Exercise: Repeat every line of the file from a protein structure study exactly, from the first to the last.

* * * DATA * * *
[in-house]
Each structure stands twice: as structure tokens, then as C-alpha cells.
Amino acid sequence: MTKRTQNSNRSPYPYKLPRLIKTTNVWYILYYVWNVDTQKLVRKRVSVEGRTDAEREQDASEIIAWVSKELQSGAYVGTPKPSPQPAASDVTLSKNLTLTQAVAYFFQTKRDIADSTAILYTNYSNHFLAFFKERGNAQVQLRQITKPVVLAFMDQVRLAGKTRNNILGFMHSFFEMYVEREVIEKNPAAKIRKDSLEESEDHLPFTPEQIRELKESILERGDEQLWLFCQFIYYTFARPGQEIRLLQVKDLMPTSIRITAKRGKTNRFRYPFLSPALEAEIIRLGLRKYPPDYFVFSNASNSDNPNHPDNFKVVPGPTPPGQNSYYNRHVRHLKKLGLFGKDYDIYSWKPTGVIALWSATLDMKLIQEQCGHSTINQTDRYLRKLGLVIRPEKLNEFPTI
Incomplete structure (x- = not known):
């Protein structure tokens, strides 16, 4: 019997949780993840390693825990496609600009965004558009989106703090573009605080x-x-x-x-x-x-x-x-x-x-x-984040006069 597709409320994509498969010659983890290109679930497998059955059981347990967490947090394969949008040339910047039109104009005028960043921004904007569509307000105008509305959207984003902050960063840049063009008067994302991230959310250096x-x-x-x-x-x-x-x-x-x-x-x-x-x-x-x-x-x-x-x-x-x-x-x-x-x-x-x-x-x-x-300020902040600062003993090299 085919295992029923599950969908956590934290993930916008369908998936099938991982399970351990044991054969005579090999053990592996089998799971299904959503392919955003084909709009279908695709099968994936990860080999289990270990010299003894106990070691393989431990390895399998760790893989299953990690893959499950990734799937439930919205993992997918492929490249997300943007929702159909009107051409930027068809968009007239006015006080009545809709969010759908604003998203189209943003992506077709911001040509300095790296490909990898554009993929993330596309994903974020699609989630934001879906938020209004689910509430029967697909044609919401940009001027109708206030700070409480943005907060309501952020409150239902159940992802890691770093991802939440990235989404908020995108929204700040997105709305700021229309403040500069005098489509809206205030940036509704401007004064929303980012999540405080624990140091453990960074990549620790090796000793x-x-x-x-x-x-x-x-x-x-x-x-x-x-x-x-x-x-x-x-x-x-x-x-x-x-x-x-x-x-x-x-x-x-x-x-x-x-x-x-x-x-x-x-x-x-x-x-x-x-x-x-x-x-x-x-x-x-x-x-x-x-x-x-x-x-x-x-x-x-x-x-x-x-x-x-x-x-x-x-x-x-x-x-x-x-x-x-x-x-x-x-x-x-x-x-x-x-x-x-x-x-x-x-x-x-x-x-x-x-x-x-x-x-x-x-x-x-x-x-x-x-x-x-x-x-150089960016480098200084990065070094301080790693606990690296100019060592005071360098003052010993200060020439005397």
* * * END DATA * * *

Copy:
[in-house]
Each structure stands twice: as structure tokens, then as C-alpha cells.
Amino acid sequence: MTKRTQNSNRSPYPYKLPRLIKTTNVWYILYYVWNVDTQKLVRKRVSVEGRTDAEREQDASEIIAWVSKELQSGAYVGTPKPSPQPAASDVTLSKNLTLTQAVAYFFQTKRDIADSTAILYTNYSNHFLAFFKERGNAQVQLRQITKPVVLAFMDQVRLAGKTRNNILGFMHSFFEMYVEREVIEKNPAAKIRKDSLEESEDHLPFTPEQIRELKESILERGDEQLWLFCQFIYYTFARPGQEIRLLQVKDLMPTSIRITAKRGKTNRFRYPFLSPALEAEIIRLGLRKYPPDYFVFSNASNSDNPNHPDNFKVVPGPTPPGQNSYYNRHVRHLKKLGLFGKDYDIYSWKPTGVIALWSATLDMKLIQEQCGHSTINQTDRYLRKLGLVIRPEKLNEFPTI
Incomplete structure (x- = not known):
């Protein structure tokens, strides 16, 4: 019997949780993840390693825990496609600009965004558009989106703090573009605080x-x-x-x-x-x-x-x-x-x-x-984040006069 597709409320994509498969010659983890290109679930497998059955059981347990967490947090394969949008040339910047039109104009005028960043921004904007569509307000105008509305959207984003902050960063840049063009008067994302991230959310250096x-x-x-x-x-x-x-x-x-x-x-x-x-x-x-x-x-x-x-x-x-x-x-x-x-x-x-x-x-x-x-300020902040600062003993090299 085919295992029923599950969908956590934290993930916008369908998936099938991982399970351990044991054969005579090999053990592996089998799971299904959503392919955003084909709009279908695709099968994936990860080999289990270990010299003894106990070691393989431990390895399998760790893989299953990690893959499950990734799937439930919205993992997918492929490249997300943007929702159909009107051409930027068809968009007239006015006080009545809709969010759908604003998203189209943003992506077709911001040509300095790296490909990898554009993929993330596309994903974020699609989630934001879906938020209004689910509430029967697909044609919401940009001027109708206030700070409480943005907060309501952020409150239902159940992802890691770093991802939440990235989404908020995108929204700040997105709305700021229309403040500069005098489509809206205030940036509704401007004064929303980012999540405080624990140091453990960074990549620790090796000793x-x-x-x-x-x-x-x-x-x-x-x-x-x-x-x-x-x-x-x-x-x-x-x-x-x-x-x-x-x-x-x-x-x-x-x-x-x-x-x-x-x-x-x-x-x-x-x-x-x-x-x-x-x-x-x-x-x-x-x-x-x-x-x-x-x-x-x-x-x-x-x-x-x-x-x-x-x-x-x-x-x-x-x-x-x-x-x-x-x-x-x-x-x-x-x-x-x-x-x-x-x-x-x-x-x-x-x-x-x-x-x-x-x-x-x-x-x-x-x-x-x-x-x-x-x-150089960016480098200084990065070094301080790693606990690296100019060592005071360098003052010993200060020439005397």